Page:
Scottish Desserts and Sweets

Scottish Desserts and Sweets
Scottish deserts are often rich and highly calorific. This article describes some of the famous desserts/sweets associated with Scotland.

Clootie Dumpling. Cloot means a piece of cloth. Clootie Dumpling is wrapped in cloth during cooking (boiling), hence the name. Clootie Wells are places of healing in Scotland – people bring a piece of cloth from an ill person as an offering of healing. Key ingredients for Clootie Dumpling include suet, flour, oatmeal, sultanas and currants. The cloth is boiled before being spread with flour. The combined ingredients are then wrapped in the cloth and boiled for several hours. The dumpling can be dried in the oven before serving with cream, custard or ice cream.

Cranachan. Cranachan, a dessert often served in tall glasses, has endless variations. It may include cream, honey, oats (usually toasted), raspberries and whisky. Cranachan is often created to individual specification with each ingredient being offered in a separate dish, allowing diners to build up their own unique dessert.

Deep Fried Mars Bars. The deep fried Mars Bar (Mars Bar dipped in batter and deep fried) proclaims itself a Scottish invention. In actual fact I have yet to come across a fish and chip shop that sells this product, but this could be because I don’t live in a city. Should you wish to try this delicacy yourself you could always take a Mars Bar to your local fish and chip shop and ask them to batter and deep fry it for you.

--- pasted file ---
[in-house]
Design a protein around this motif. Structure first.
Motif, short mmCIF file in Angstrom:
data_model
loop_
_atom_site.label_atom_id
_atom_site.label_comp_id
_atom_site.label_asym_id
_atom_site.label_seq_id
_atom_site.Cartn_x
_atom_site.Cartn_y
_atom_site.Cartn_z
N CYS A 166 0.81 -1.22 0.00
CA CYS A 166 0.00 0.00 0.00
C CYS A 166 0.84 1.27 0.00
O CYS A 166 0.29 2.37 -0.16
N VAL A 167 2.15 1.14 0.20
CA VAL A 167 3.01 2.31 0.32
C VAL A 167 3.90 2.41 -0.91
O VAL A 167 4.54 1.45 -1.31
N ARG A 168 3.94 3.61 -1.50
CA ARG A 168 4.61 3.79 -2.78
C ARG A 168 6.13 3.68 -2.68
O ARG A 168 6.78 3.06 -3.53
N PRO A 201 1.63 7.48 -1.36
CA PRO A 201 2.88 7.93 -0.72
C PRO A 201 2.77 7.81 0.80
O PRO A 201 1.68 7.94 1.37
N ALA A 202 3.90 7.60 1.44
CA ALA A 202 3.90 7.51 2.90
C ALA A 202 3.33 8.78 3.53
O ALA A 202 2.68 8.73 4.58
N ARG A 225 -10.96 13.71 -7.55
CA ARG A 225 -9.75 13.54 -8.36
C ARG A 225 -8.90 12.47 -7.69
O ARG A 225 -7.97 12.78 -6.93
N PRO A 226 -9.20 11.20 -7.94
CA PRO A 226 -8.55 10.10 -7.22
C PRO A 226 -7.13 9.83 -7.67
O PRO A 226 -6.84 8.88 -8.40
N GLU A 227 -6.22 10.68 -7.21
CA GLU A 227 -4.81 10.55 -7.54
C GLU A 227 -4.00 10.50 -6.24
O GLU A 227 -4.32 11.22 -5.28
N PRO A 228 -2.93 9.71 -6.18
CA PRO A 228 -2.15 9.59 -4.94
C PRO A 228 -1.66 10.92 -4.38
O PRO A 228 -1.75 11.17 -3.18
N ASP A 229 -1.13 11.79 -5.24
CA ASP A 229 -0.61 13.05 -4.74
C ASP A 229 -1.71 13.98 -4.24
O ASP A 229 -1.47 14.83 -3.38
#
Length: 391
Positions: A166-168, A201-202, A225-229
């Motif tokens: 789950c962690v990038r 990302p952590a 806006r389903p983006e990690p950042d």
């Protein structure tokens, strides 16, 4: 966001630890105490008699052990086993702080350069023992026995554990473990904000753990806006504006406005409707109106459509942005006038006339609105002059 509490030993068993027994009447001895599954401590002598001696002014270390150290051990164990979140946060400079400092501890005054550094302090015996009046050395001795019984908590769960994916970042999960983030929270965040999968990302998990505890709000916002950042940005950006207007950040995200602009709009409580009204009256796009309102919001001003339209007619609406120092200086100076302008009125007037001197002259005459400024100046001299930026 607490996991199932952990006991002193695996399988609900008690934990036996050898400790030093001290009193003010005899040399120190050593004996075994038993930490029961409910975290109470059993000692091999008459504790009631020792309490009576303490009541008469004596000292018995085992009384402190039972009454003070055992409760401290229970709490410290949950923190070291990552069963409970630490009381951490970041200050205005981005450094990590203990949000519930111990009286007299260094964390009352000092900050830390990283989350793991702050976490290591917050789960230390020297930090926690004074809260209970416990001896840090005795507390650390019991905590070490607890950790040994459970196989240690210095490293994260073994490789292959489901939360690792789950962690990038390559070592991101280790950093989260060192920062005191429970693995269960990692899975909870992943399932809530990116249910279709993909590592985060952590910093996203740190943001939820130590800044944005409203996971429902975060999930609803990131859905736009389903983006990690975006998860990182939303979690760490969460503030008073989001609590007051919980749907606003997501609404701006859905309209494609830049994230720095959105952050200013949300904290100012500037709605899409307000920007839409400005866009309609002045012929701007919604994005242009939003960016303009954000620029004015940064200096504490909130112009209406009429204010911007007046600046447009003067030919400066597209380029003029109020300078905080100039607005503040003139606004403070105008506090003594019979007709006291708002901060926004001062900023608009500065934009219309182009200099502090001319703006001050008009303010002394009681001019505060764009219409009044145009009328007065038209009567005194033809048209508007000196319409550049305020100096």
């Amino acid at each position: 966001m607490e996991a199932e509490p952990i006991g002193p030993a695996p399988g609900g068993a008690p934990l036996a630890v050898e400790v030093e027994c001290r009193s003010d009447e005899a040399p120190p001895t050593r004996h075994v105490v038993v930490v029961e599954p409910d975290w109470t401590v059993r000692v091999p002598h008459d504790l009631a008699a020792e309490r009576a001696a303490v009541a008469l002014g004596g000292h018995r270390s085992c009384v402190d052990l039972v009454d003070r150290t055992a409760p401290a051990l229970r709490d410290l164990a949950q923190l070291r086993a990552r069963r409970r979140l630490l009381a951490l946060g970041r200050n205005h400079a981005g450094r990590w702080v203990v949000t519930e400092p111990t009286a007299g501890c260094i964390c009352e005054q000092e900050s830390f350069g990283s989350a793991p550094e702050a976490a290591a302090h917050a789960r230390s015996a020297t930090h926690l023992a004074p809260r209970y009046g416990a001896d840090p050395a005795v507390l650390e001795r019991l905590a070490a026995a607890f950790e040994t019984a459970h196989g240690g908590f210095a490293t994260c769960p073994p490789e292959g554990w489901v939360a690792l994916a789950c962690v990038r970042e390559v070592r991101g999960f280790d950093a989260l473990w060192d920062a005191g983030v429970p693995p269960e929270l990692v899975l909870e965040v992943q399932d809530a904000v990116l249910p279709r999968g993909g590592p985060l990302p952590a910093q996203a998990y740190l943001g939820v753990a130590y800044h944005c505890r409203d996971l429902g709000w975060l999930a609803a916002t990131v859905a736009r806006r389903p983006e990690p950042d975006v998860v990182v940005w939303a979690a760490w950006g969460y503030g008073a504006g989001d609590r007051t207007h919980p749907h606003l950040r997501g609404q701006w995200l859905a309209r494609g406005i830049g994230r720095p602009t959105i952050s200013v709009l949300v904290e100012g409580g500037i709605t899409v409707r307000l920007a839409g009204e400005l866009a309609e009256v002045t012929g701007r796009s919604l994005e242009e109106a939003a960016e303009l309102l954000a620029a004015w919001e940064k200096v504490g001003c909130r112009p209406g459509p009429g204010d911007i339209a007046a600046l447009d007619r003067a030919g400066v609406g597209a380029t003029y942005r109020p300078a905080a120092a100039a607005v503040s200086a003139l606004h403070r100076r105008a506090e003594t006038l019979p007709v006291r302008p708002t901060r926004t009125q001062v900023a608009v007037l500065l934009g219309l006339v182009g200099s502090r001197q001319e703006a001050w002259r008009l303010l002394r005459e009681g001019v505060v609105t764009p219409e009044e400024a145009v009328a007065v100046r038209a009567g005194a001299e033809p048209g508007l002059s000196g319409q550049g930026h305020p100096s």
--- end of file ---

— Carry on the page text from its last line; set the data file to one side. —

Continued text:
Puff Candy. Made from sugar, golden syrup and bicarbonate of soda puff candy is a delicious honeycomb mixture (if you have ever eaten a Crunchie bar think of it as the Crunchie without the chocolate. The sugar and golden syrup are simmered, the bicarbonate of soda added then the mixture is spread on to a thin baking tray to cool. It can be difficult to get the final sweet out of the baking tray, so the pieces are often roughly broken with a small hammer or rolling pin.

Tablet. Scottish Tablet is made with butter, condensed milk, milk and sugar. The ingredients are combined, boiled, stirred and beaten (the latter being a key part of the success of the mixture) before being spread on a baking tray or plate to harden. Lines are scored on the tablet mixture whilst it is still hot to ensure eatable size pieces. Tablet is harder than fudge which uses similar ingredients.

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